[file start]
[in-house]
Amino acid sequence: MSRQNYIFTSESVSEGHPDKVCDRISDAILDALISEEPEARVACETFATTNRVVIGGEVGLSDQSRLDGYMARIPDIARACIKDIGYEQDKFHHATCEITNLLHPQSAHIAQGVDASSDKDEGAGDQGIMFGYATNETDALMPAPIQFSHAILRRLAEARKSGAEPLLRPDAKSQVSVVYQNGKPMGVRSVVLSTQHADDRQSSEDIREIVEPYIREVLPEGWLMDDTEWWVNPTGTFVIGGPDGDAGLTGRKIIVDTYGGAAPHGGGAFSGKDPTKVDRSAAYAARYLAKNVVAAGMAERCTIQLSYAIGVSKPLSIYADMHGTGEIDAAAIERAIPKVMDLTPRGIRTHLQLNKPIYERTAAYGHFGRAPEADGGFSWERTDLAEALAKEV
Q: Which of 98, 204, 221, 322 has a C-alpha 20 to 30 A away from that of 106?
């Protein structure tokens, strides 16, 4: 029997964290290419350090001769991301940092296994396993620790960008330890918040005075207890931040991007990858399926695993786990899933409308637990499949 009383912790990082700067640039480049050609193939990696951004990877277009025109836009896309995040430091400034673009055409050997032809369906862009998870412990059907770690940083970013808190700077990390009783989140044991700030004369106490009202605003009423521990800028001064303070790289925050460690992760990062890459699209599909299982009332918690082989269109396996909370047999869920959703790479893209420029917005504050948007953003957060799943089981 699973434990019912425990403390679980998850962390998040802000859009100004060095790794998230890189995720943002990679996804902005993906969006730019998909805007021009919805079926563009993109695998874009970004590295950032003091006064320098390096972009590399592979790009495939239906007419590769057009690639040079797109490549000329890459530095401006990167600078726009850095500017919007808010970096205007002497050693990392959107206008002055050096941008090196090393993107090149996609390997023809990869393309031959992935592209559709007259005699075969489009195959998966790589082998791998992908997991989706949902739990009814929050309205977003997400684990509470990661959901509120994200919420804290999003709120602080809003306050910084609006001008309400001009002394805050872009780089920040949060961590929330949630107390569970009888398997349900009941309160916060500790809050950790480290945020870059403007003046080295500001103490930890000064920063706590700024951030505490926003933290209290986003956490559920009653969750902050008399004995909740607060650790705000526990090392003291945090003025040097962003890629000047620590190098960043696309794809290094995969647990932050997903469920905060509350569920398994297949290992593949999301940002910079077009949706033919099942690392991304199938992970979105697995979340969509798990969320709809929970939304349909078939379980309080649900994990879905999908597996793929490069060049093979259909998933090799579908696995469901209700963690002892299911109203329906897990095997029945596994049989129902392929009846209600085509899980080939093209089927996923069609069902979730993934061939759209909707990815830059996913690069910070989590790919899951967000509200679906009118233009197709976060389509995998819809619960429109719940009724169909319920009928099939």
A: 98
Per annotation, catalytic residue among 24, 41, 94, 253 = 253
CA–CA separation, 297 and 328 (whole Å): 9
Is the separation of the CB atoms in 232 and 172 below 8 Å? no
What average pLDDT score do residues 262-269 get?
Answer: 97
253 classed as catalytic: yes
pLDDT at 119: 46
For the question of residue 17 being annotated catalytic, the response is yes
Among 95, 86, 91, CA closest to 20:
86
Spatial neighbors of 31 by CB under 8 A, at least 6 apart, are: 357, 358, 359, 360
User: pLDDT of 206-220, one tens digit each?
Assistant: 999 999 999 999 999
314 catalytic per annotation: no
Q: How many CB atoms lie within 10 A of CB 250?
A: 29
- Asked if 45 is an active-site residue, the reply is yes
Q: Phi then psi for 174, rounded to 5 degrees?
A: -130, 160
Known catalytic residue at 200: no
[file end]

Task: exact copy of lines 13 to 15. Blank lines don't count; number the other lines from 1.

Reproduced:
For the question of residue 17 being annotated catalytic, the response is yes
Among 95, 86, 91, CA closest to 20:
86